Téllez, Pryor and de Souza to be honored at IU Sonneborn Lecture and Provost Professors event
FOR IMMEDIATE RELEASE
Oct. 26, 2010
BLOOMINGTON, Ind. -- Carmen Helena Téllez, professor in the Jacobs School of Music and the 2010 recipient of the prestigious Tracy M. Sonneborn Award at Indiana University, will be recognized on Nov. 4 in the IU Simon Music Center's Auer Hall, where she will present the Sonneborn Lecture.
Also recognized will be Sara C. Pryor, professor in the Department of Geography, and Romualdo de Souza, professor in the Department of Chemistry, both of whom have been named Provost Professors.
Téllez's talk, "The New Conductor," will begin shortly after the 4 p.m. awards ceremony. The lecture and a reception afterward are free and open to the public.
Téllez's lecture will discuss how in recent times, there have been countless articles, blogs and even books on the demise of classical music.
"They represent a concerned reaction to recent cultural developments, such as the decline of music education, the financial struggles of orchestras everywhere, and the upsurge of popular music and other media, which dominate the attention of the press and the listener to whom classical music is intended," she wrote in a description of her lecture. "These developments must be addressed by the conductor, who stands in a point of engagement between the composers (living and historical), the music-making ensembles, the community and the media."
Is classical music in danger? Are the definition and the purpose of this art misunderstood? Is it perhaps the "business model" or a "paradigm" that is changing?
"Today's conductor must examine the social trends and respond with creativity to new vehicles and languages through which art music can be expressed, including, perhaps, the styles and media that appear to oppose it," she wrote. "Fascinating developments are taking place in the field. Conductors have changed through history and they will change again now."
Carmen Helena Téllez
Téllez is the director of Graduate Choral Studies and the Latin American Music Center and artistic director for the Contemporary Vocal Ensemble. She was selected as the Sonneborn recipient due to superb creative artistry and innovation in forging new connections between music performance, conducting, composition, teaching and scholarship.
She has been referred to by her peers as a "brilliant visionary" whose work as a conductor, scholar and interdisciplinary artist reflects a "forward-looking perspective in her performances, teaching, leadership and goals for the art she produces," said Jan Harrington, Chancellor's Professor emeritus of music at the Jacobs School of Music.
Composer-in residence Cary Boyce, of the Aguavá New Music Studio of which Téllez is co-founder and music director, said that in today's "age of fast communications, shifting artistic paradigms, evolving media and changing business models," Téllez's approach to music and her expertise embrace and capitalize on this global change. Her innovative leadership of the IU Latin American Music Center and the Latin American Popular Music Ensemble has made them a beacon of Latin American music.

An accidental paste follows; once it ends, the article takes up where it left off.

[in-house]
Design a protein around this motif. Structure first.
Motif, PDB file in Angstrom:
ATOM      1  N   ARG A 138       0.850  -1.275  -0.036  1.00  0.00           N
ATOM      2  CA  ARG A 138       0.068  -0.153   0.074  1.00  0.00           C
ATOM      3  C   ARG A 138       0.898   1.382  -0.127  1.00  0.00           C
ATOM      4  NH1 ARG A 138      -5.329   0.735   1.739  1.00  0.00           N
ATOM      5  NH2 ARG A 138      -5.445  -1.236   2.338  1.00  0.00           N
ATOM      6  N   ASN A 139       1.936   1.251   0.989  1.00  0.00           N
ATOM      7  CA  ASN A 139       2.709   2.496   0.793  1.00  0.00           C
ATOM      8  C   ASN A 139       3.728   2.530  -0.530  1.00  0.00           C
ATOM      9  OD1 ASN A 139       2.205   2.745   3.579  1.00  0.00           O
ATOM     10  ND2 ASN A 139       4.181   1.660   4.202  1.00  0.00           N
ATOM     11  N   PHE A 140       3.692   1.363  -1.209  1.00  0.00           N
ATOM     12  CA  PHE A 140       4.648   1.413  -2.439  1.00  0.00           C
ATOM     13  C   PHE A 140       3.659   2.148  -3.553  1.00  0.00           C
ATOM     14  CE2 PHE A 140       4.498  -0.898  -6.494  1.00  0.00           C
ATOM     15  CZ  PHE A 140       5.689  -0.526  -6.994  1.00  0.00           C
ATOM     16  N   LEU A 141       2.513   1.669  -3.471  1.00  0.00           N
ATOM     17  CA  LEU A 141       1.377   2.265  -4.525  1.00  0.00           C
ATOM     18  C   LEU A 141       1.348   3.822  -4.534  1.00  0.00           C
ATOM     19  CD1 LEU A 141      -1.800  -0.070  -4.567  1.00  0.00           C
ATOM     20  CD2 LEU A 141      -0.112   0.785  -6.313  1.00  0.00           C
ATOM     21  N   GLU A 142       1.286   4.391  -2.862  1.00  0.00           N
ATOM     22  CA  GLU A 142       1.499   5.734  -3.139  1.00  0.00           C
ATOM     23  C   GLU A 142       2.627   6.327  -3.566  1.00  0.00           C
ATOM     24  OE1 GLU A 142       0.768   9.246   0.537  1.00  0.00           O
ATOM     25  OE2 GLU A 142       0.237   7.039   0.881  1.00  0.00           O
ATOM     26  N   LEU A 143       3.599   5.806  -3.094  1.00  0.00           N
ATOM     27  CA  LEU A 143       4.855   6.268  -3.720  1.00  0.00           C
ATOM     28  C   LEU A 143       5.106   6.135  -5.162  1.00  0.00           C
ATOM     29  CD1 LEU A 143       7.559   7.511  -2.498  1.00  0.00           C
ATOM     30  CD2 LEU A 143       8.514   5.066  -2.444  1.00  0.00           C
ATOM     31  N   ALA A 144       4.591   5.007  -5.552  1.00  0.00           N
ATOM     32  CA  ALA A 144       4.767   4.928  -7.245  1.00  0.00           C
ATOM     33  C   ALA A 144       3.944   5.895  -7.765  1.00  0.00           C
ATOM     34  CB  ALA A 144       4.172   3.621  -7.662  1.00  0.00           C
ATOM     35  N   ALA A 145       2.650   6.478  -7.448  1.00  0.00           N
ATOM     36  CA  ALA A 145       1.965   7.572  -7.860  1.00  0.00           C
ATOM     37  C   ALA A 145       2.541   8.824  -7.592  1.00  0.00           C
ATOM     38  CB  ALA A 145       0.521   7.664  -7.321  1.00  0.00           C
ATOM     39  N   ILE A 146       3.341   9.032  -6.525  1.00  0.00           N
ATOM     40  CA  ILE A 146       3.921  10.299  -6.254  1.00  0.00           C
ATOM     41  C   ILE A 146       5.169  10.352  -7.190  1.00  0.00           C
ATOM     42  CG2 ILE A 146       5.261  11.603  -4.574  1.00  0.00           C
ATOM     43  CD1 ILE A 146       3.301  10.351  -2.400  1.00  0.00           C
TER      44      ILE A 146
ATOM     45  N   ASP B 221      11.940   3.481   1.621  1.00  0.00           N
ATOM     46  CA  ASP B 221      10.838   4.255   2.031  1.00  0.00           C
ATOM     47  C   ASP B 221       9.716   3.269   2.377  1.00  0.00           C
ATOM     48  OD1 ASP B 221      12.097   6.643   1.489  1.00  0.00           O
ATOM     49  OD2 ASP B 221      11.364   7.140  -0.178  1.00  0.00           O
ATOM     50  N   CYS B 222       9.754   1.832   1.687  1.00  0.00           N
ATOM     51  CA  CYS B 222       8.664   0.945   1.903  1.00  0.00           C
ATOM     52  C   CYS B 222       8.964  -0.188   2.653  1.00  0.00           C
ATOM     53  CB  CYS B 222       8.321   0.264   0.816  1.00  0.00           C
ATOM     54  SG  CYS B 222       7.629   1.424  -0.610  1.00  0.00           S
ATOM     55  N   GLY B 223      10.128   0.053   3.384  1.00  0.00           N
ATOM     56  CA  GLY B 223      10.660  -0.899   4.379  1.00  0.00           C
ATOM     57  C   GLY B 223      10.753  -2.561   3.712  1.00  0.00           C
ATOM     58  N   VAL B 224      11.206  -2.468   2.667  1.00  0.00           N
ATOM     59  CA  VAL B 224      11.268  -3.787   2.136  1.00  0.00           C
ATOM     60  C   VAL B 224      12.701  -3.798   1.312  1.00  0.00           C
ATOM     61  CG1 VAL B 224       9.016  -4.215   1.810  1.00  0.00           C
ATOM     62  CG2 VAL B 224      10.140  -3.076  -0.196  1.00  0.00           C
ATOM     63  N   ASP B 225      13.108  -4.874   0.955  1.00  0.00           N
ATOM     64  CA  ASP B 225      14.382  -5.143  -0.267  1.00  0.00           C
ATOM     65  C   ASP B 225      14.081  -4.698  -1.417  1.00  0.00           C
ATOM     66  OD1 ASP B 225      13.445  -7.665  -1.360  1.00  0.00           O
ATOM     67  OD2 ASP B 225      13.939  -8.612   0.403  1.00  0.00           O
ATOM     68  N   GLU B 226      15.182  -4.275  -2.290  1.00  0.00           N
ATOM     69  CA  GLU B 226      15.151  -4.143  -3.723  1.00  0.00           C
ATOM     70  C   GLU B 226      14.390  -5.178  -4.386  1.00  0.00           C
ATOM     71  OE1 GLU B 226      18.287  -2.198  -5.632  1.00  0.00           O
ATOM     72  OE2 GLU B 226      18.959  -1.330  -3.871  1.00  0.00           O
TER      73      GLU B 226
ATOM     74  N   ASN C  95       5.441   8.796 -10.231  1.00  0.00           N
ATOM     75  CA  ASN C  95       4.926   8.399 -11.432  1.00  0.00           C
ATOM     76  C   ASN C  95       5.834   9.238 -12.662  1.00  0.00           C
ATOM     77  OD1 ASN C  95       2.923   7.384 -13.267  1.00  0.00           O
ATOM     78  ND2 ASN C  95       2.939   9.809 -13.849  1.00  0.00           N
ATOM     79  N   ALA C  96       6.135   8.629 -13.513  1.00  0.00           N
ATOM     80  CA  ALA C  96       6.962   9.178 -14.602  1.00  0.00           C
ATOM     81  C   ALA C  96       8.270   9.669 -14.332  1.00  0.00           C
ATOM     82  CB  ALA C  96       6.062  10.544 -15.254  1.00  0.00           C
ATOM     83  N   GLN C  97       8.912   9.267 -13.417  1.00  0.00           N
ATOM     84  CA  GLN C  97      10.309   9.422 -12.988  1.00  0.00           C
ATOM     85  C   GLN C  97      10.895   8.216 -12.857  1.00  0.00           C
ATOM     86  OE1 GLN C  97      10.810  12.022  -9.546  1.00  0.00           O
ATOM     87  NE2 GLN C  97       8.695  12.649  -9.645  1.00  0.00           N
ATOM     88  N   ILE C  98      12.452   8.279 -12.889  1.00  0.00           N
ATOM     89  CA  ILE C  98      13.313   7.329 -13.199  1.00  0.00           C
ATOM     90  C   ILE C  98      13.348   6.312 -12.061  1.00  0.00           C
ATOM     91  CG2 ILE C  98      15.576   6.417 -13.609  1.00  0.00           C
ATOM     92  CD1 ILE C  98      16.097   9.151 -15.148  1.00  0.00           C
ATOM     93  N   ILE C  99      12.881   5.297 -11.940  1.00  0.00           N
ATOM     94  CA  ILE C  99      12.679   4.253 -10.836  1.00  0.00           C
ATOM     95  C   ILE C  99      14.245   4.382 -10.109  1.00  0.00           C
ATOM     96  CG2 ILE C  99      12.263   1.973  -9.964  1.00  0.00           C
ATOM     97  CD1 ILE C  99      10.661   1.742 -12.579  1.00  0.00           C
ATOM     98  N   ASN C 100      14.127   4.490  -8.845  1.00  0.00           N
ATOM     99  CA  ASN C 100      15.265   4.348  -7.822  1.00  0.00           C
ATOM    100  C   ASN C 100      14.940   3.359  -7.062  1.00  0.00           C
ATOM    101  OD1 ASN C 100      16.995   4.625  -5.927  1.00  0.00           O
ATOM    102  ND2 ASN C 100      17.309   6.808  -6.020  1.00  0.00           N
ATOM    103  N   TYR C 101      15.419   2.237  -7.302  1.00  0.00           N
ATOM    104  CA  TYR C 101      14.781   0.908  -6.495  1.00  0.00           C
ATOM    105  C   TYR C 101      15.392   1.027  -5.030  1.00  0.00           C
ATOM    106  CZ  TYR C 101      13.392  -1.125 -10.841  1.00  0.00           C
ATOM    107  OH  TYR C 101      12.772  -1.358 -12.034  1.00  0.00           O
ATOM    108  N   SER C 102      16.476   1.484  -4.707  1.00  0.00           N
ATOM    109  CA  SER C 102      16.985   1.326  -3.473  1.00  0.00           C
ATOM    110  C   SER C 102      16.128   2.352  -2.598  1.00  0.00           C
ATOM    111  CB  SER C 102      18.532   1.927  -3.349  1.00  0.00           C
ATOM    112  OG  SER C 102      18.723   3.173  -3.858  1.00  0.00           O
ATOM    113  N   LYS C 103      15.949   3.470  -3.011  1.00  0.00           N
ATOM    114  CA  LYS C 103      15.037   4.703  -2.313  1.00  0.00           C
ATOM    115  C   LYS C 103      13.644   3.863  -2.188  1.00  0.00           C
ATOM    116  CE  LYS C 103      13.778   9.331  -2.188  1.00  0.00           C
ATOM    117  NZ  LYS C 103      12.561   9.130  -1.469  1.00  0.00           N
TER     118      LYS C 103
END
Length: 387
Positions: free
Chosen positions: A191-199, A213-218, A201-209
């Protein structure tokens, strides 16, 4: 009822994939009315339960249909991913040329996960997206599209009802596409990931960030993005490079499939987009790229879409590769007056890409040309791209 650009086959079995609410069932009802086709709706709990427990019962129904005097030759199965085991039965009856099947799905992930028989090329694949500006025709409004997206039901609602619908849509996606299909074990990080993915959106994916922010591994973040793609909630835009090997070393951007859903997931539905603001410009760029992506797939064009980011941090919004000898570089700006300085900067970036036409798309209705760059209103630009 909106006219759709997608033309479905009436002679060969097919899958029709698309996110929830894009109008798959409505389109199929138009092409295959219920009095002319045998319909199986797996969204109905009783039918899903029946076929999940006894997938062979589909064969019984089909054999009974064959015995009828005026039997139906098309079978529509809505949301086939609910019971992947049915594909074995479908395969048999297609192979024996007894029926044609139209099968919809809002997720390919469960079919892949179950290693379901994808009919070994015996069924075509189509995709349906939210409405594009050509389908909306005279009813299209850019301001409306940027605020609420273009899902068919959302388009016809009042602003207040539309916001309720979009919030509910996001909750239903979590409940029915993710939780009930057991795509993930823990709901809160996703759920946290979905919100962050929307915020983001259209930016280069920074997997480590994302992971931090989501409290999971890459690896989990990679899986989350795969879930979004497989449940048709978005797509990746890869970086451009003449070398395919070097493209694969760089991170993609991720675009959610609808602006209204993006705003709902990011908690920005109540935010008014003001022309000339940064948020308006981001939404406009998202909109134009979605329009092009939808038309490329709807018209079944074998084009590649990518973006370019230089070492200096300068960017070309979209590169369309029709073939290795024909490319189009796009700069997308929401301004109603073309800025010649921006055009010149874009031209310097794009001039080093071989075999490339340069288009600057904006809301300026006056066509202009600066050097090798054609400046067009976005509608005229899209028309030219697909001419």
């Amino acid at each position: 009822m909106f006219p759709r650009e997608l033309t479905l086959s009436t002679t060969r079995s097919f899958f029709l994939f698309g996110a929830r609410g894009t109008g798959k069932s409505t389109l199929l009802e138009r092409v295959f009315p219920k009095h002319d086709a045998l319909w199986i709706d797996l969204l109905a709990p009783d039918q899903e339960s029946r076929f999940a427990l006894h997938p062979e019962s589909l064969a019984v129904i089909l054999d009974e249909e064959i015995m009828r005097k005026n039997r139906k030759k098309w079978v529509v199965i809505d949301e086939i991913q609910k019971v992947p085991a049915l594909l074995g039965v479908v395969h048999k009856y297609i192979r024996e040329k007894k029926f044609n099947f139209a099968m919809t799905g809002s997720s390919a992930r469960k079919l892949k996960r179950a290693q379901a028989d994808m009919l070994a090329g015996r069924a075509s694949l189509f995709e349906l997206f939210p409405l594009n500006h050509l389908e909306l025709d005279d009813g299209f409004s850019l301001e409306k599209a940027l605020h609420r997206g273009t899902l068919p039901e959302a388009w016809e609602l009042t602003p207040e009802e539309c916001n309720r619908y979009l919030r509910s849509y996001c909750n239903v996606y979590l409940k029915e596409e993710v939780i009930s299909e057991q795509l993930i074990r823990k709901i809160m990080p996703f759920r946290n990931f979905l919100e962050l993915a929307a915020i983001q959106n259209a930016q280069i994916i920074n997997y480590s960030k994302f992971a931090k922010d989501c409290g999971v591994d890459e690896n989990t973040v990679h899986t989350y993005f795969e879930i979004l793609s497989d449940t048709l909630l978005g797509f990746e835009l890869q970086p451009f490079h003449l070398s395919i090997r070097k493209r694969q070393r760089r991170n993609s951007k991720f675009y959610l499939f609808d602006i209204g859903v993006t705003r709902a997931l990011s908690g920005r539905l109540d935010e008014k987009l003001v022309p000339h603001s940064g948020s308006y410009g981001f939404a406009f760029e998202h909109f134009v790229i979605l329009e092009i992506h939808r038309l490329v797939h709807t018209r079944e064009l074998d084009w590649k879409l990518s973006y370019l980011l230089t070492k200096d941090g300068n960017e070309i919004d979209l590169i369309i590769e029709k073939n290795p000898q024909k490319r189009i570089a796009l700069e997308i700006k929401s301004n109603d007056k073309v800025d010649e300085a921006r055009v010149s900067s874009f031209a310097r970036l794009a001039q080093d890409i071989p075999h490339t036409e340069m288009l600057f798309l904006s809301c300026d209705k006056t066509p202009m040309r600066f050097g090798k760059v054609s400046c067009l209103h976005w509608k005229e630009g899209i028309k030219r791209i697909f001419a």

"Her history of performance is not only local to the IU campus and the Bloomington community, but reaches to the most important cultural centers in North and South America, Europe and Asia," said David Villanueva, administrative director of the Department of Choral Conducting of the Jacobs School of Music. "She has blazed significant trails in performance practice, which have been emulated by others and are now the standard for contemporary music programming."
Téllez has been instrumental in numerous world premier performances at IU and through her entrepreneurial work. A sampling of her work includes the performances of the complete version of Ani Ma'amin by Chicago composer and Pulitzer winner Shulamit Ran; Unicamente la verdad / Only the Truth, a video-opera by Mexican composer Gabriela Ortiz; Music for Rollins Chapel, a site-specific work by American composer Eric Richards with Aguavá New Music Studio; Sadako for chorus, soloists and ensemble by Kevin James; and Sun-Dogs, a co-commissioned new work by Scottish composer James MacMillan. She has sought to involve students with parallel interests in new music and new forms of presentation in all her projects.
Sara C. Pryor
Pryor also is a professor in the Atmospheric Science Program in the Department of Geography and the Center for Research in Environmental Sciences. Her research focuses on two major areas: physical climatology, specifically climate change and variability, and impacts on the energy and agricultural sectors; and atmospheric chemistry and biogeochemical cycling with the atmosphere-surface exchange of reactive gases and particles. In addition to her position at IU, she is a visiting distinguished professor at the Atmospheric Environment Institute at the University of Aarhus in Denmark, and a visiting senior scientist with the Department of Wind Energy and Atmospheric Physics at the Risø National Renewable Energy Laboratory in Denmark.